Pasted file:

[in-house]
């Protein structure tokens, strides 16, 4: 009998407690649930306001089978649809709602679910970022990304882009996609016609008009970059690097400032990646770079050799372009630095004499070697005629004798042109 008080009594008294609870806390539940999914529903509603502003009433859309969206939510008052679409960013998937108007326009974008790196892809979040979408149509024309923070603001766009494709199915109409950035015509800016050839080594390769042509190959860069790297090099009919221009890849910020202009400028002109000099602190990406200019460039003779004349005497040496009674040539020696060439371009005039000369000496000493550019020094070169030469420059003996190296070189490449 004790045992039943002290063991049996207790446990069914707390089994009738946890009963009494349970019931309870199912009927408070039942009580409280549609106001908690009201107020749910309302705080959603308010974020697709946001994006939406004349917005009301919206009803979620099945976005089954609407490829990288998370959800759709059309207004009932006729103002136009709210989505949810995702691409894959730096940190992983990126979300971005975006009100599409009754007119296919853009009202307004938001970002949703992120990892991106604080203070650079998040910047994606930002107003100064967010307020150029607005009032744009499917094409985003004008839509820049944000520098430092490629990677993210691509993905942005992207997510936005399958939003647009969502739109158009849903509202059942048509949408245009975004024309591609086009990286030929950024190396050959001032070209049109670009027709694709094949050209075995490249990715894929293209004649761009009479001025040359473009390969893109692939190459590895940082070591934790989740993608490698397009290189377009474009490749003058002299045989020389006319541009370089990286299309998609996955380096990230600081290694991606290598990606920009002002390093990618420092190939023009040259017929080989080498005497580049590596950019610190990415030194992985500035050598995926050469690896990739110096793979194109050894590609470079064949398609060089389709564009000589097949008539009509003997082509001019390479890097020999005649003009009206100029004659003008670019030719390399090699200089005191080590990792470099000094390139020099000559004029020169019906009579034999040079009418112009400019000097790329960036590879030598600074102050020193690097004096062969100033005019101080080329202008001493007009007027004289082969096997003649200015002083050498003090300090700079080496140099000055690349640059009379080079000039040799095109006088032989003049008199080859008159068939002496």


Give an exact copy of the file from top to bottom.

[in-house]
């Protein structure tokens, strides 16, 4: 009998407690649930306001089978649809709602679910970022990304882009996609016609008009970059690097400032990646770079050799372009630095004499070697005629004798042109 008080009594008294609870806390539940999914529903509603502003009433859309969206939510008052679409960013998937108007326009974008790196892809979040979408149509024309923070603001766009494709199915109409950035015509800016050839080594390769042509190959860069790297090099009919221009890849910020202009400028002109000099602190990406200019460039003779004349005497040496009674040539020696060439371009005039000369000496000493550019020094070169030469420059003996190296070189490449 004790045992039943002290063991049996207790446990069914707390089994009738946890009963009494349970019931309870199912009927408070039942009580409280549609106001908690009201107020749910309302705080959603308010974020697709946001994006939406004349917005009301919206009803979620099945976005089954609407490829990288998370959800759709059309207004009932006729103002136009709210989505949810995702691409894959730096940190992983990126979300971005975006009100599409009754007119296919853009009202307004938001970002949703992120990892991106604080203070650079998040910047994606930002107003100064967010307020150029607005009032744009499917094409985003004008839509820049944000520098430092490629990677993210691509993905942005992207997510936005399958939003647009969502739109158009849903509202059942048509949408245009975004024309591609086009990286030929950024190396050959001032070209049109670009027709694709094949050209075995490249990715894929293209004649761009009479001025040359473009390969893109692939190459590895940082070591934790989740993608490698397009290189377009474009490749003058002299045989020389006319541009370089990286299309998609996955380096990230600081290694991606290598990606920009002002390093990618420092190939023009040259017929080989080498005497580049590596950019610190990415030194992985500035050598995926050469690896990739110096793979194109050894590609470079064949398609060089389709564009000589097949008539009509003997082509001019390479890097020999005649003009009206100029004659003008670019030719390399090699200089005191080590990792470099000094390139020099000559004029020169019906009579034999040079009418112009400019000097790329960036590879030598600074102050020193690097004096062969100033005019101080080329202008001493007009007027004289082969096997003649200015002083050498003090300090700079080496140099000055690349640059009379080079000039040799095109006088032989003049008199080859008159068939002496």